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IPS' post-GE2020 survey finds surge in importance of bread-and-butter issues, political ideals, role of online media

SINGAPORE — An efficient government, fair government policies, and more aid to the needy were among the top issues for voters in the General Election (GE) in July, a post-election survey has found.

The IPS survey following GE2020 found that the largest proportion of voters again named the need for efficient government as their most important issue.

The IPS survey following GE2020 found that the largest proportion of voters again named the need for efficient government as their most important issue.

  • The top issues on voters’ minds were an efficient government, fairness in policymaking, and more help for the needy
  • But bread-and-butter issues and political ideals grew in importance the most, compared with the previous election
  • GE2020 saw internet-based platforms rise to become the most important source of information affecting voters’ decisions
  • Facebook was seen as the most influential platform

 

SINGAPORE — An efficient government, fair government policies, and more aid to the needy were among the top issues for voters in the General Election (GE) in July, a post-election survey has found.

A survey by the Institute of Policy Studies (IPS) of more than 4,000 respondents also discovered that the cost of living, the employment situation and a desire for different views in Parliament had surged in importance more than any other issues since the last election in 2015.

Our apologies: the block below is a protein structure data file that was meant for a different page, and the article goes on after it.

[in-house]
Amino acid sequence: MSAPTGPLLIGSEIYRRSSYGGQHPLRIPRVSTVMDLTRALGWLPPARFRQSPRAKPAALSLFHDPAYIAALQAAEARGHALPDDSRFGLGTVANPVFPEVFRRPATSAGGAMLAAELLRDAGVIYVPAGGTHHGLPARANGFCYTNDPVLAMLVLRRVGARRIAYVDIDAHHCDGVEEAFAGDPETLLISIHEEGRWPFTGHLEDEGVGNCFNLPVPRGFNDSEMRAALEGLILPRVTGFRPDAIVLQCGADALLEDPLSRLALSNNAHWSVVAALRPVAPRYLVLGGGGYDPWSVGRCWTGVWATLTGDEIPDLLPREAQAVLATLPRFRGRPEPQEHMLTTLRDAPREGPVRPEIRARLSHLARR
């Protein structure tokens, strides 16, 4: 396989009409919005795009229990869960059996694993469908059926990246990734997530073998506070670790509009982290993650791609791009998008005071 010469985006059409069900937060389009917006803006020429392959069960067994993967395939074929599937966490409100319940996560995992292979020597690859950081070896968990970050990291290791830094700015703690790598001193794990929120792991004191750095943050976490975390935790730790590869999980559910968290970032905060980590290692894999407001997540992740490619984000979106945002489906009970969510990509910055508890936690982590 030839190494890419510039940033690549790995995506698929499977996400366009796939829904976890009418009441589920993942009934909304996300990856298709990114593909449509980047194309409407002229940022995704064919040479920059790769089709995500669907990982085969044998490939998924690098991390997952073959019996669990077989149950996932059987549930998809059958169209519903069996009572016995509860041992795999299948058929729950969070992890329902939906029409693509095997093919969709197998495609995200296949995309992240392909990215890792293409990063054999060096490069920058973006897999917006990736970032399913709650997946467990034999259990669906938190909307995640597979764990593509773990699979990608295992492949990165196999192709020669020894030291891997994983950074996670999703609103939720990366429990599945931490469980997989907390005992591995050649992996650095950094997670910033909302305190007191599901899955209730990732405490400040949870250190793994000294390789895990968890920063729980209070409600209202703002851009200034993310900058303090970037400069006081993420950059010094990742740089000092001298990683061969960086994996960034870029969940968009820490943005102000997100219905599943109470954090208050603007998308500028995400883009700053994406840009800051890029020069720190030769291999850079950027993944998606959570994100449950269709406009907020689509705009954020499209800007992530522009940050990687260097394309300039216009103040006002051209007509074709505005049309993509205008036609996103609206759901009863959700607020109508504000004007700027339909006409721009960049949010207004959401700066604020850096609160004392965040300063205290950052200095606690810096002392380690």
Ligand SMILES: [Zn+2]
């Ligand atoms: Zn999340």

IPS has so far conducted similar surveys following the GEs in 2011, 2015 and 2020. More than 2,000 respondents were polled randomly via landline phone for each survey. For this year’s survey, it also polled around 2,000 or more voters over mobile phones and the internet.

The study asked respondents to rank how important each issue was in shaping their voting decision on a five-point scale, out of a list of 15 issues.

THE MOST INFLUENTIAL ISSUES

While the Government’s handling of the Covid-19 crisis featured high as a factor that influenced votes, with 89 per cent saying that it was important or very important, voters were also concerned about other issues.

  • The need for an efficient government (97 per cent)

  • Fairness of government policy (92 per cent)

  • The amount of government aid for the needy (91 per cent)

Ensuring an efficient government has been the top concern of voters since 2006, especially for diploma and university degree holders, and service industry workers who are professionals, managers, executives and technicians (PMETs).

However, the think-tank also noted a significant variation since its poll after GE2015 in terms of which category of respondents chose a particular issue as their most important.

Jobs, the cost of living and the need for different views in Parliament were the issues with the greatest increase in importance in the 2020 survey. Illustration: Anam Musta'ein

In the case of the job situation, the cost of living and the need for different views in Parliament, each had gone up nine percentage points since GE2015 to 28 per cent, 47 per cent and 39 per cent respectively — the biggest rises for any issue.

This suggested that differing considerations loomed large for different groups of voters in GE2020, IPS said.